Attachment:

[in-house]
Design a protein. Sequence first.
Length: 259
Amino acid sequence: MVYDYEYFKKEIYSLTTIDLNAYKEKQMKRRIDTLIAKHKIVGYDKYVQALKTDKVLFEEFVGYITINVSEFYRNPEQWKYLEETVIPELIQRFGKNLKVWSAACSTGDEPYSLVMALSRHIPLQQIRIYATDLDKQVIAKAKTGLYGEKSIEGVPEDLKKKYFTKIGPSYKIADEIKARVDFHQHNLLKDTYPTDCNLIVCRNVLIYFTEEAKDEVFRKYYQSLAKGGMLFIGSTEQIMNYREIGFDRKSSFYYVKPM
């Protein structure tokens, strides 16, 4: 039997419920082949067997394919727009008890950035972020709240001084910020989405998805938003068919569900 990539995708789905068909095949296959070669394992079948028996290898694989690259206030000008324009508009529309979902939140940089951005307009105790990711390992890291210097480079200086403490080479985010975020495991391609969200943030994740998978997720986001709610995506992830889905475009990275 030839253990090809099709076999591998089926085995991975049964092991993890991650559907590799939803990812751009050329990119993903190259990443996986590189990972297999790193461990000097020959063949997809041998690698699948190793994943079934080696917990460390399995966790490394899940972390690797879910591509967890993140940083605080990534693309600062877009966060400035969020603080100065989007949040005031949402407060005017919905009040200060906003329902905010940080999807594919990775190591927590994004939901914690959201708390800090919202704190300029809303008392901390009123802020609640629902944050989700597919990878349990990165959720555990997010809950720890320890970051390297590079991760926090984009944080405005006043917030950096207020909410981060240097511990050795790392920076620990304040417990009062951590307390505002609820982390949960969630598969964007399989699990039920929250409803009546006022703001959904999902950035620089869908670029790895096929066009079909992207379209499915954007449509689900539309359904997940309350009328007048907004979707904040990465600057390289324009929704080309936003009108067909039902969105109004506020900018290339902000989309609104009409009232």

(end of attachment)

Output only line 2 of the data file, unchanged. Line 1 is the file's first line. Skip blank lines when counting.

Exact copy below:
Design a protein. Sequence first.